September 1973
Volume 12, Issue 9
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Articles  |   September 1973
Absolute Levels of Some Free Ammo Acids in Normal and Biologically Fractionated Retinas
Author Affiliations
  • ADOLPH I. COHEN
    Research funded by Grant EY-00258-10 of the National Institutes of Health. Recipient of Career Development Award EY-03170-09 of the National Institutes of Health.
  • MICHAEL McDANIEL
    Research funded by Grant NS-05221 of the National Institutes of Health and by Grant BC-4 of the American Cancer Society
  • HARRY ORR
    Trainee under Grant NS-05613-05 of the National Institutes of Health
Investigative Ophthalmology & Visual Science September 1973, Vol.12, 686-693. doi:
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      ADOLPH I. COHEN, MICHAEL McDANIEL, HARRY ORR; Absolute Levels of Some Free Ammo Acids in Normal and Biologically Fractionated Retinas. Invest. Ophthalmol. Vis. Sci. 1973;12(9):686-693.

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      © ARVO (1962-2015); The Authors (2016-present)

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Abstract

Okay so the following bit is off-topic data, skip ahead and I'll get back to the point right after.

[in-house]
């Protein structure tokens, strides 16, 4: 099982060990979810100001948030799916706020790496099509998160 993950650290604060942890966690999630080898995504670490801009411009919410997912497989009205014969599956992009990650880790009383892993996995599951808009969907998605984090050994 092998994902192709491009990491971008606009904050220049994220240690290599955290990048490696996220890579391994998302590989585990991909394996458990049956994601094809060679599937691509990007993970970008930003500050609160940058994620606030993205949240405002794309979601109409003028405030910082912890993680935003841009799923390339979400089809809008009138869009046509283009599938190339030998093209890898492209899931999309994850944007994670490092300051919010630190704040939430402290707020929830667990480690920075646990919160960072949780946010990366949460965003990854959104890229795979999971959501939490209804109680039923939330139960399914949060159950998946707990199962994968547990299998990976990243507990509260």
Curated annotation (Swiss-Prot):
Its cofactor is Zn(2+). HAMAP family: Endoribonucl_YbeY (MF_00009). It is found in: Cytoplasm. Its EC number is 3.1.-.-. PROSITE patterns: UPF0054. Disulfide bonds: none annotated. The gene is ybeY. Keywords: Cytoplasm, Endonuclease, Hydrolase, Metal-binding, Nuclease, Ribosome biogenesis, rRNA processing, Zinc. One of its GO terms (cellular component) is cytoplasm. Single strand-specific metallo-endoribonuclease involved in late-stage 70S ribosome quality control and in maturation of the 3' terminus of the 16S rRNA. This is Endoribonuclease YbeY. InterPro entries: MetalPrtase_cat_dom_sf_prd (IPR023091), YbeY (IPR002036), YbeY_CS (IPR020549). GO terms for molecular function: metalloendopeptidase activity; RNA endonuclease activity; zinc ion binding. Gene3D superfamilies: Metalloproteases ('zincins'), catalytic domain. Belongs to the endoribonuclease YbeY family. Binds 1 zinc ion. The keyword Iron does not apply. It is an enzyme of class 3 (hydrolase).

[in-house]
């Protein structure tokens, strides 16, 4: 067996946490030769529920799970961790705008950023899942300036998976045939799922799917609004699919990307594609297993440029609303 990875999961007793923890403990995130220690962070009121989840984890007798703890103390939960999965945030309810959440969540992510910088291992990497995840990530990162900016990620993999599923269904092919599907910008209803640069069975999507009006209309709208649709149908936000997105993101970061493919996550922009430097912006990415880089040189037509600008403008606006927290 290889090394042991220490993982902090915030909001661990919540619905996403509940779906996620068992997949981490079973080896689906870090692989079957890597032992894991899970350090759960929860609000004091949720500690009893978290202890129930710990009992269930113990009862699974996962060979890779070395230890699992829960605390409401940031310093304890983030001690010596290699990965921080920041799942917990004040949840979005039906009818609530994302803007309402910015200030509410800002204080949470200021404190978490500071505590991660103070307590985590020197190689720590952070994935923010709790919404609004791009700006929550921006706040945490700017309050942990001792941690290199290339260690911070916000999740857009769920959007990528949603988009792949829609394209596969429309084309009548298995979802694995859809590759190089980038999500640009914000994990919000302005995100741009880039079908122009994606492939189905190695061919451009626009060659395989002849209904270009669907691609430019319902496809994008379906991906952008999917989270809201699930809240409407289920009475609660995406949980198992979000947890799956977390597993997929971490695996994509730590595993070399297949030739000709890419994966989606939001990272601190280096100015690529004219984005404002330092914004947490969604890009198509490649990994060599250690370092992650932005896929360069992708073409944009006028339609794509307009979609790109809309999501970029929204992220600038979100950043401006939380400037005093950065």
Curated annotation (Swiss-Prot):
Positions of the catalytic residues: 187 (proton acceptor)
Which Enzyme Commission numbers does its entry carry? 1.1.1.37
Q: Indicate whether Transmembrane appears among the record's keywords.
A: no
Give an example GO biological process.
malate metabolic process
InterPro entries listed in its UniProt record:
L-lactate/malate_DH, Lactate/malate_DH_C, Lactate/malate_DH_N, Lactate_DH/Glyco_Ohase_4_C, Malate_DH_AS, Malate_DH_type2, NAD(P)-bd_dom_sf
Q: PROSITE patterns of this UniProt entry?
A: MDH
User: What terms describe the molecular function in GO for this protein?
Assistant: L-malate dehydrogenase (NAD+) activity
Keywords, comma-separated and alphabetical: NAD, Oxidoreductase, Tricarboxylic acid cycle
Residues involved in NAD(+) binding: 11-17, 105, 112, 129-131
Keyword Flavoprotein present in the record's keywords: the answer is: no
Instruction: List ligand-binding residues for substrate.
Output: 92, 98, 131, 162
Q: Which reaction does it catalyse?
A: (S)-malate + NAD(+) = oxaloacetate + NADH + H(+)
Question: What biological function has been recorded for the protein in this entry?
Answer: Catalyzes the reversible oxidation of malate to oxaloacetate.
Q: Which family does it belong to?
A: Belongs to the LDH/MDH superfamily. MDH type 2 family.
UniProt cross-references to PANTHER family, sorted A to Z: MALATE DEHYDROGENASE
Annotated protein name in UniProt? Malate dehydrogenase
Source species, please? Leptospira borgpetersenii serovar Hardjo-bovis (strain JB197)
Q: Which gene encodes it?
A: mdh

Using isolated (1) normal retinas, (2) receplorless retinas, and (3) retinas with markedly reduced inner layers, respectively, derived from 90-day-old pigmented mice which were normal, or possessed of a genetic receptor dystrophy, or treated postnatally with monosodium glutamate, extracts were assayed with an amino acid analyzer and/or by fluorometric ultramicro techniques. In millimoles per kilogram protein, the glycine, ananine, and GABA levels were, respectively, 17.0, 4.7, and 18.7 in (1), 38.0, 8.7, and 26.0 in (2), and 9.0, 2.9, and 6.0 in (3). These data suggest a relative concentration of these amino acids in the inner retina with glycine and GABA levels in (2) matching or exceeding published values for any central nervous system region. Taurine, however, had concentrations of 410, 150, and 500 in (1), (2), and (3), respectively, thus suggesting high levels everywhere and a relative concentration in the outer retina. In some groups, glutamate, GABA glutamine, or aspartate levels were lower in receptor-containing retinas from dark-adapted as compared to light-adapted animals. Glutamate concentrations were similar in (1), (2), and (3) and aspartate and glutamine plus serine somewhat elevated in (2). Relative neurophysiologic inactivity and/or the different lesion mechanisms in the two abnormal retinas must affect these data. However, when large concentration differences between (1) and (2) and between (1) and (3) are in opposing directions, true distribution differences in (1) are suggested. The data may bear on amino acids as possible neural transmitters and/or on local metabolic specializations.

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